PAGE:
From the www.howstuffworks.com
"1. If you were to take apart an outlet and look at the contact wipers that the prongs slide into, you would find that they have have bumps on them. These bumps fit into the holes so that the outlet can grip the plug’s prongs more firmly. This detenting prevents the plug from slipping out of the socket due to the weight of the plug and cord. It also improves the contact between the plug and the outlet.
"2. Electrical devices can be "factory-sealed" or "locked-out" by the manufacturer or owner using a plastic tie or a small padlock through one or both of the plug prong holes. Construction projects or industrial safety requirements may require this type of sealing. For example, a manufacturer might apply a plastic band through the hole and attach it to a tag that says, "You must do blah blah blah before plugging in this device". The user cannot plug in the device without removing the tag, so the user is sure to see the tag.
"3. There also is a small raw materials (metal) savings to the manufacturer of the actual plug prong. Every little bit helps!
"It’s been reported that really old outlets used captive ball bearings and coil springs for the detent, but today it is done with a bump and springy copper contacts."
OK. Here's my take on these things:
As to #1: It depends on the outlet. Some just have two spring-action blades that grip the sides of the plug pin. So you don't need the holes.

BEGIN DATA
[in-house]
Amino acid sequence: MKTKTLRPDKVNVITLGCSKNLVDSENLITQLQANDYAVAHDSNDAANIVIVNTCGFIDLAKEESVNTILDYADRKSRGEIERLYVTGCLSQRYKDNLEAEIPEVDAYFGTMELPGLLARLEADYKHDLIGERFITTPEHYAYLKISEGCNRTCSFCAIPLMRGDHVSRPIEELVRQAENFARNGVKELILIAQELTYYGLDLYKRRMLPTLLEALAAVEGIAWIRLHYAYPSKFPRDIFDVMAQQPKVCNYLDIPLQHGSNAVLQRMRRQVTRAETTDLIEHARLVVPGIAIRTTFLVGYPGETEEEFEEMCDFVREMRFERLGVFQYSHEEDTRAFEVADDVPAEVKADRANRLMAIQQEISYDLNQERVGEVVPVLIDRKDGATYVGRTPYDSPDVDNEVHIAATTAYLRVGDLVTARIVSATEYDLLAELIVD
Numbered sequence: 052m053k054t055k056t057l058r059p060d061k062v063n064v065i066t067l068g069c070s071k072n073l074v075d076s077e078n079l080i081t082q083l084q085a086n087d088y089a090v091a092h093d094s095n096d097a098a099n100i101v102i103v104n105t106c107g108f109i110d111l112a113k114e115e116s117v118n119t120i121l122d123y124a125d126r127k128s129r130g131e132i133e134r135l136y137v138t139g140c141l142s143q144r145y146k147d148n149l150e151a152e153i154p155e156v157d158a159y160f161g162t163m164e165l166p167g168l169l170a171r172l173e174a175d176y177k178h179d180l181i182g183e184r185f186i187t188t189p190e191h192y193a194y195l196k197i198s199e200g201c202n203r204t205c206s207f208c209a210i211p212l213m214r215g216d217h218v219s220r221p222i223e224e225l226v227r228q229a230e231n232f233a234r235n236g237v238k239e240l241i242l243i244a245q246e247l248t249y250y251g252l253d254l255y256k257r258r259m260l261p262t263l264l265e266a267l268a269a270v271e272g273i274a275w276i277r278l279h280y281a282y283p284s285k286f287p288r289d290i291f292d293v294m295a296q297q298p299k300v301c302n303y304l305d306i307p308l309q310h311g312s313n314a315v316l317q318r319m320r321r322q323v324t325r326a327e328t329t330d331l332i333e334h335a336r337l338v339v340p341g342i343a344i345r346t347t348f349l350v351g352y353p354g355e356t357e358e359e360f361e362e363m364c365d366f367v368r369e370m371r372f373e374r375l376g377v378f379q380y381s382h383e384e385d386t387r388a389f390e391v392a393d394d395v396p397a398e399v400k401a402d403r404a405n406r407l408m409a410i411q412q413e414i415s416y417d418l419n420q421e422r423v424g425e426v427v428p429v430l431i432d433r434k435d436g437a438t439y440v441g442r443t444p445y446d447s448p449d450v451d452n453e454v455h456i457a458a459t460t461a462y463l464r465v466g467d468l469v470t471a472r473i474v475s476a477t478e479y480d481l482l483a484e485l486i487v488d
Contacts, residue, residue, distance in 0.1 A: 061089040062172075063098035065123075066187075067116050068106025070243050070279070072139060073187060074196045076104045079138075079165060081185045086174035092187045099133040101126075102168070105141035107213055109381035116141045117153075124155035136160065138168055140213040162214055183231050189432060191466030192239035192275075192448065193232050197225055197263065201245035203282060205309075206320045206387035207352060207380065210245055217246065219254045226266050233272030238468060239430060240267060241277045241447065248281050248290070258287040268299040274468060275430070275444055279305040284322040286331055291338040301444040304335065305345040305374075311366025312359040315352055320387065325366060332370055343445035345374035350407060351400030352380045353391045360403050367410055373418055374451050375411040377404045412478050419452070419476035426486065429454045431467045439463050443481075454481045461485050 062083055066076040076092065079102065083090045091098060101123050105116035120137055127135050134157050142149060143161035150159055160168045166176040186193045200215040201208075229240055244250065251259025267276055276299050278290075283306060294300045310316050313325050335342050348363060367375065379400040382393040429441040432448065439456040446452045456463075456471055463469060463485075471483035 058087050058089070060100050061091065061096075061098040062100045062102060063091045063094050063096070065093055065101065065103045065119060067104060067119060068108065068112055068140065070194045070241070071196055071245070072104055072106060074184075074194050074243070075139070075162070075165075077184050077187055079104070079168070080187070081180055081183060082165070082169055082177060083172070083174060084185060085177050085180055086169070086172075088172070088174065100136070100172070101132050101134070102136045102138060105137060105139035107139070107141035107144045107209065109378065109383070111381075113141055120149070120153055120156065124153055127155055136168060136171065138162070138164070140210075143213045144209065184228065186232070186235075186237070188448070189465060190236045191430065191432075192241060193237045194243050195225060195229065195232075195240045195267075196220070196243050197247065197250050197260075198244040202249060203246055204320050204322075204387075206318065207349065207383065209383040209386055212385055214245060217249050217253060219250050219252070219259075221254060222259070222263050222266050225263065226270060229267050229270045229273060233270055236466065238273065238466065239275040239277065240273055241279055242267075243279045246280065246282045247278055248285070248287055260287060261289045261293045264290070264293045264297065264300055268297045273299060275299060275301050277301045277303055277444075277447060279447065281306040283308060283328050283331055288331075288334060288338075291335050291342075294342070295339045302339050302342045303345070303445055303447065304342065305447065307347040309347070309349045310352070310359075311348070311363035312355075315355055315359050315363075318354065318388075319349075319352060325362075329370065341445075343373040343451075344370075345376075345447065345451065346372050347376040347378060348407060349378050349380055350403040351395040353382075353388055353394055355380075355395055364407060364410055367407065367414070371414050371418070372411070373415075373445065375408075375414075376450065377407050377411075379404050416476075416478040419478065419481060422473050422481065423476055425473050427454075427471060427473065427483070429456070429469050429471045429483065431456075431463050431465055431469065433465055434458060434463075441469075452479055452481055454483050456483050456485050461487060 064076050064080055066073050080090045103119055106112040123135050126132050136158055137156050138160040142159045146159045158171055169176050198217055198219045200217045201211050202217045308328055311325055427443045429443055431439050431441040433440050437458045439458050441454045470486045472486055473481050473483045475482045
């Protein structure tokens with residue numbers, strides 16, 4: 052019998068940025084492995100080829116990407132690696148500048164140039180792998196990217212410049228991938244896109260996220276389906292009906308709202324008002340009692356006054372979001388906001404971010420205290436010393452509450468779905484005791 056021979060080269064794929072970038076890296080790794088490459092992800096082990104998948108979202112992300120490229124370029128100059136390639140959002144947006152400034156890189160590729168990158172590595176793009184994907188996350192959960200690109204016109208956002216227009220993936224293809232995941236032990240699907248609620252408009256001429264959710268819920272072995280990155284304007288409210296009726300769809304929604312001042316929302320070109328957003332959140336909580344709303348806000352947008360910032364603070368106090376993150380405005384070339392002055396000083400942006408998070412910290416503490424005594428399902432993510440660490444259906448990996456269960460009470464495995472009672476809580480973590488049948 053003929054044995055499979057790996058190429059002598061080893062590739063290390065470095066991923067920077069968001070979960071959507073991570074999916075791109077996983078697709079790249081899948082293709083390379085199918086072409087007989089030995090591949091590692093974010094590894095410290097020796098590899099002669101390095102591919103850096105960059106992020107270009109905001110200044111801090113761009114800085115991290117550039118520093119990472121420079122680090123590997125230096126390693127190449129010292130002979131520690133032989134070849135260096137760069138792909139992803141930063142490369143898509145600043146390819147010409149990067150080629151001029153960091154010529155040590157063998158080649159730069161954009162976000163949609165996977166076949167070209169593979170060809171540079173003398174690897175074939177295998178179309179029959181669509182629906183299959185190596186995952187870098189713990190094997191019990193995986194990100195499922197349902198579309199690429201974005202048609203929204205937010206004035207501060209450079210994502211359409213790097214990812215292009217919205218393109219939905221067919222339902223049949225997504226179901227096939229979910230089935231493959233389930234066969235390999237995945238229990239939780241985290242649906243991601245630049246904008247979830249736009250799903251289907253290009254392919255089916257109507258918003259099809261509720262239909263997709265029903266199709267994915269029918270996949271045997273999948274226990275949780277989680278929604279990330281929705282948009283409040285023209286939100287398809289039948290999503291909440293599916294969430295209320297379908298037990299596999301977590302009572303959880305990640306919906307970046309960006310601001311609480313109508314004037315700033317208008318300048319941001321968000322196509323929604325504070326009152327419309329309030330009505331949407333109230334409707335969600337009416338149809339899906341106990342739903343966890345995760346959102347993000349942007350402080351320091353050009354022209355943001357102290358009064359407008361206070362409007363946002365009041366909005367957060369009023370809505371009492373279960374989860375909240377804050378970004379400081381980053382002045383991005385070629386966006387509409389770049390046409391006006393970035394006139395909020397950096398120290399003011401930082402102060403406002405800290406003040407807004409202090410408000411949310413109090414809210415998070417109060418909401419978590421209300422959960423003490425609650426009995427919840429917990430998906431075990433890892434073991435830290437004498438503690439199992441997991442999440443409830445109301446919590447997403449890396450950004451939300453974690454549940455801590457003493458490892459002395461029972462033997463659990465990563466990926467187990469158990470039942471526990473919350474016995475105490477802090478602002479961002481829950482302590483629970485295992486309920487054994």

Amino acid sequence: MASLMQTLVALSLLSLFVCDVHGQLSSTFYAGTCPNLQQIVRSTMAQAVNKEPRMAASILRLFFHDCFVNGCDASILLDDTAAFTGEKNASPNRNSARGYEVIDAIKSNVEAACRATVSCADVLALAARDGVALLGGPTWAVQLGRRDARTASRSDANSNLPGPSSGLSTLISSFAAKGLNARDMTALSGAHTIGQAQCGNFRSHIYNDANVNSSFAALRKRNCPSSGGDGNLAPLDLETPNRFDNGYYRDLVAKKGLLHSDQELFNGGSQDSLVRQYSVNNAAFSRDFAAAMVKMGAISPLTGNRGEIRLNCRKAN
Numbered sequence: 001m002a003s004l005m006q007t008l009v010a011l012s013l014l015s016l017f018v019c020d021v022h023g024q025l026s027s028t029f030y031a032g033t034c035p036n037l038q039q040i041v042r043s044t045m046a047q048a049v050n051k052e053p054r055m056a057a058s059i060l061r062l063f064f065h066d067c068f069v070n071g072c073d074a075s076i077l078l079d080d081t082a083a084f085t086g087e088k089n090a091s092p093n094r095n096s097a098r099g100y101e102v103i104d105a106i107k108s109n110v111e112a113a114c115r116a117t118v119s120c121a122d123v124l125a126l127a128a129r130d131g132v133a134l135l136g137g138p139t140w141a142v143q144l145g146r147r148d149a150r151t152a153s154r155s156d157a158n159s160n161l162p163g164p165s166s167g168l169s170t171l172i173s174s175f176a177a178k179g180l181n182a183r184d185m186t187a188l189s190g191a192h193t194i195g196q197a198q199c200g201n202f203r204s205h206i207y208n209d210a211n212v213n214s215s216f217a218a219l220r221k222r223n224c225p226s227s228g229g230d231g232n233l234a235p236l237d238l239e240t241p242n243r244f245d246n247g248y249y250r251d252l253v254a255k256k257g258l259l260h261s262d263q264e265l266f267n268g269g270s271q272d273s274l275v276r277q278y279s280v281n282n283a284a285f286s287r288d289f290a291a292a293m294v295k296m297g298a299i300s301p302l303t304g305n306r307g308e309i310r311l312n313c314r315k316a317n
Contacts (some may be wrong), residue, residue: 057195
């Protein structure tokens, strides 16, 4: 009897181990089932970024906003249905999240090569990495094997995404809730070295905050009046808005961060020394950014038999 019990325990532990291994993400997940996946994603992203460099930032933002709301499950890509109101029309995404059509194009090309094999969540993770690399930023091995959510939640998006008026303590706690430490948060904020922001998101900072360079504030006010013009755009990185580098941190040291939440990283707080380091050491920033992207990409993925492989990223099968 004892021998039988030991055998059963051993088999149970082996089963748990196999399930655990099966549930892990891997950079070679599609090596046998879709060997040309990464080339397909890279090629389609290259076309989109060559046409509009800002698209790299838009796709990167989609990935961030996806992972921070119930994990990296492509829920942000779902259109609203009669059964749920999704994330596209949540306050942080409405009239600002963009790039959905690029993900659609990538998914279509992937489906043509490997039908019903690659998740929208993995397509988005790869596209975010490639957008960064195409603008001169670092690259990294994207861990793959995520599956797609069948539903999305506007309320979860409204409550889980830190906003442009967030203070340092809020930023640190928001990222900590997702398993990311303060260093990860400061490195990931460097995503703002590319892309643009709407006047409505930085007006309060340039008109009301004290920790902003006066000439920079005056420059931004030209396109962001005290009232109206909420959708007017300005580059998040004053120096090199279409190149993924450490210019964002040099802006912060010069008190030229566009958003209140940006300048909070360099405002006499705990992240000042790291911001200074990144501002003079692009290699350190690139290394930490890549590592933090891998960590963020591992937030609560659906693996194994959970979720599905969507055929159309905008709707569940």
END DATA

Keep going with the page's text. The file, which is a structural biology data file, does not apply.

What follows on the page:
#2: I've seen such locks in safety supplies catalogues. It's usually meant for items that are being repaired on-site. The lock's bolt goes through the holes in the plug and renders it "unpluggable."
For instance, you tag out the plug on the photocopier so that Secretary Maude doesn't accidentally say "hey who unplugged the Xerox?", proceeds to plug the thing in and electrocute Repairman Mitch.
As far as #3 goes...I have my reservations about that one. Most likely the holes have something to do with the manufacturing process. As JDevlin says, some tooling at the factory aligns the blades prior to molding the rubber or plastic around them.
As far as the little captive ball bearings cited in the excerpt above, I've found this to be true in some modern-day receptacles.
Last year I went to a supermarket here in Chinatown and bought an off-brand Chinese-import Nema 1-15R (notice I didn't say 5-15) receptacle strip.
Upon dissasembly of this chintzy piece of *#@&, I found a tiny spring-loaded ballbearing held in place against the plastic housing in each slot.
Now that we're on the topic of China, the "official" non-grounded plug configuration is the NEMA 1-15. China uses 220 volts/50 Hertz and Australian style
[/ \] plugs for grounded devices.
Two-prong plugs for the domestic Chinese market tend to have no holes in the blades. I've got some small "gray-market" appliances (like a beard-trimmer recharger and a small hot glue gun) at home with such plugs and they do tend to slip out of some wall sockets much more easily.
This is probably more than any of you wanted to know...